The current squad also missed Pesky’s wake this past Saturday because they were in New York for a game with the Yankees. But legendary dirt dog Trot Nixon was there and he gave an off-the-cuff eulogy for Johnny to the Herald that is bittersweet in light of the funeral snub.

“I look back and it’s not just him being on the field and hitting ground balls, but how he carried himself and how much he cared for all the ballplayers, whether you were at the major league level or in the minor league level,” Nixon said. “Everybody that worked in the organization, from the highest level down to guys working in the clubhouse, he generally cared for everyone and loved the game of baseball. He was a fantastic ambassador. I loved Johnny.”
   18. the Hugh Jorgan returns Posted: August 23, 2012 at 01:27 AM (#4215475)
I am suggesting that it's bizarre to criticize people for not going to the funeral of a person they barely knew. Don't you people have anything better to focus your ire on?

Well I could focus it on the Red Sox ability to play baseball well, but since that has proven to be a nearly impossible task this year, I'd be wasting my time.

It was an offer. And some people feel uncomfortable going to funerals of people that they barely know. Especially when doing so would basically be for show.


I can see this point, but I disagree(of course). You get an offer, by your management, I still say you've got to do the right thing and go.
   19. SoSH U at work Posted: August 23, 2012 at 01:30 AM (#4215476)
Hugh and SoSH: Was Yaz there? Boggs? Evans? Petrocelli? Lonborg? Jody Reed? Todd Benzinger? Marco Scutaro? Every last living player who ever played for the Red Sox? No? Why aren't you chasing after them with pitch forks, bugged out eyes, and foam coming out of your mouth?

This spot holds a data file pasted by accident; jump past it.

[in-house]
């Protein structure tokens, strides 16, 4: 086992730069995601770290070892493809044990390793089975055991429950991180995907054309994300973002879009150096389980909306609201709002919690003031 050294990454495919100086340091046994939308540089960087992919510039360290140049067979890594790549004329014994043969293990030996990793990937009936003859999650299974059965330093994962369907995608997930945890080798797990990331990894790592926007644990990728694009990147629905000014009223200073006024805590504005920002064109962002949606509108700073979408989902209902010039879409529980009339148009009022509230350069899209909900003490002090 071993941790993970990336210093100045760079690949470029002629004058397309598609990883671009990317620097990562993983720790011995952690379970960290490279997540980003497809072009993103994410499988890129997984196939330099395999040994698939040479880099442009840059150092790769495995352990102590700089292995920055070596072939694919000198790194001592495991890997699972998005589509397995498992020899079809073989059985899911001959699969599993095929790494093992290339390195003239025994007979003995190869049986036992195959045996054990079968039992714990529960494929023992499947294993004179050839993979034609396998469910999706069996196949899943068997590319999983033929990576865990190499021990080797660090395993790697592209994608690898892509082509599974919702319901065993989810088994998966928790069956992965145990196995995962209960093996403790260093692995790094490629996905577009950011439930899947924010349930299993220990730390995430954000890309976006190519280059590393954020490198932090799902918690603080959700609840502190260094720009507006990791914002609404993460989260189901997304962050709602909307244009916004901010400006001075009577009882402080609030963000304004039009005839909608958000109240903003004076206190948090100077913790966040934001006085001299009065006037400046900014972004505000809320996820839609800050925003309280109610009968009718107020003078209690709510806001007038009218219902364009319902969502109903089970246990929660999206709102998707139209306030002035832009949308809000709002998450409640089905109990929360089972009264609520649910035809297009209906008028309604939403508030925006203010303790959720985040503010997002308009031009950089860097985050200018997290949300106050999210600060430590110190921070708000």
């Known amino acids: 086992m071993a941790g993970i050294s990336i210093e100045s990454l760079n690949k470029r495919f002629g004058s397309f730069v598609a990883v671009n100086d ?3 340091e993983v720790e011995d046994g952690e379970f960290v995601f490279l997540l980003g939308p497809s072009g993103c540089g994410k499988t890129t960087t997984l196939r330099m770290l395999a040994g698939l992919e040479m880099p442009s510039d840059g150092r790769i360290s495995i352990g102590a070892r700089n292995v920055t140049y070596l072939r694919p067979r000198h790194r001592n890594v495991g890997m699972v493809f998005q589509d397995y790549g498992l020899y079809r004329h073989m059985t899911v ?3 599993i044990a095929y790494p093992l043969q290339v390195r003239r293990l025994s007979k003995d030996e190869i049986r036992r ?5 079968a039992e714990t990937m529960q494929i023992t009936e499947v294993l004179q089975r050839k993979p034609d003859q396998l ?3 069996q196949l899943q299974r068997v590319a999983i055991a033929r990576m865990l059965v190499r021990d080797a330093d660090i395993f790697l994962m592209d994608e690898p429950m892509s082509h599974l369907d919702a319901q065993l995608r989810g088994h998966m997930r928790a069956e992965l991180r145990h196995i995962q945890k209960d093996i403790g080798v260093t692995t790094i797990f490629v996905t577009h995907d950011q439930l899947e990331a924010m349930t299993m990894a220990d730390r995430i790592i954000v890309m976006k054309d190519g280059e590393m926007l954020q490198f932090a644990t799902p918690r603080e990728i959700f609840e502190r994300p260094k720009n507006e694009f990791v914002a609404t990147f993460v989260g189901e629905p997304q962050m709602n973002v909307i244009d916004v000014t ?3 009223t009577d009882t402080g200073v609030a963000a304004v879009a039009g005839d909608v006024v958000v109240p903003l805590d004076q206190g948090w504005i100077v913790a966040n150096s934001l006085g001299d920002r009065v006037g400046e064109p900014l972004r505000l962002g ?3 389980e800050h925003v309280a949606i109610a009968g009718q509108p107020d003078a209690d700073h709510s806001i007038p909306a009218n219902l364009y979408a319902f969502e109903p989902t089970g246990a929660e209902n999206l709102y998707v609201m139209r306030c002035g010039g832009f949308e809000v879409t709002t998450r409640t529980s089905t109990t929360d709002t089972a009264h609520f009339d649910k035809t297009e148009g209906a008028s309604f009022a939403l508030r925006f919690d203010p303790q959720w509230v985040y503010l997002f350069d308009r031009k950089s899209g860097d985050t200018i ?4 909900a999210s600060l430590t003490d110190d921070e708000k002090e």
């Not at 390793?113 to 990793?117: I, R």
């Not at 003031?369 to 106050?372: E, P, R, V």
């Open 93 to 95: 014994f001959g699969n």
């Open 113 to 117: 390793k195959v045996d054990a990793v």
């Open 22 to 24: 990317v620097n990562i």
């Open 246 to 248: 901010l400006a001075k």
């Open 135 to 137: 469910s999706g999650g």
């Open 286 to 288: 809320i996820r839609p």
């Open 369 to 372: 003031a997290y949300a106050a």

There's only one of us getting overheated here Ray, and it ain't me.

As for the attendance, I'll let you know if I get a look at the Guest Book, but otherwise I don't know who was there. I would hope most ex-Sox players in Boston would attend the funeral of a guy just about everyone had gotten to know through the years. That only four from this year's club could make the time to pay their respects on their off day is, to me, just another small example of why this particular group isn't terribly fun to root for. I know, the horror.
   20. Los Angeles El Hombre of Anaheim Posted: August 23, 2012 at 01:34 AM (#4215478)
Especially when doing so would basically be for show.
Yes, a show of respect.

Like #13 said, if you're invited to a funeral, you go.
   21. Rob_Wood Posted: August 23, 2012 at 01:50 AM (#4215484)
This may or may not be relevant, but was the funeral intentionally scheduled on a Red Sox off-day so players could attend?

Also, I wonder if management suggested that players attend, informed them of the funeral time/place, or did nothing?

I really think that there must have been a failure of communication somewhere given how beloved Pesky was throughout the Red Sox nation.
   22. PreservedFish Posted: August 23, 2012 at 01:52 AM (#4215485)
Ray, nothing as drastic as pitchforks and foam.


I was wondering if this was a common phrase that I'd just never run into.
   23. Ray (RDP) Posted: August 23, 2012 at 02:20 AM (#4215496)
I really think that there must have been a failure of communication somewhere given how beloved Pesky was throughout the Red Sox nation.


Maybe he wasn't so "beloved" by people who didn't know him.
   24. the Hugh Jorgan returns Posted: August 23, 2012 at 02:47 AM (#4215498)
You know Ray, and I don't say this often, but sometimes you can be a real turd.
   25. valuearbitrageur Posted: August 23, 2012 at 02:50 AM (#4215499)
i would never go to a funeral. It doesnt show respect to participate in a bizzare ceremonies designed solely to enrich the funeral and religious industries. if you liked Pesky, visit his family, send them a note, etc.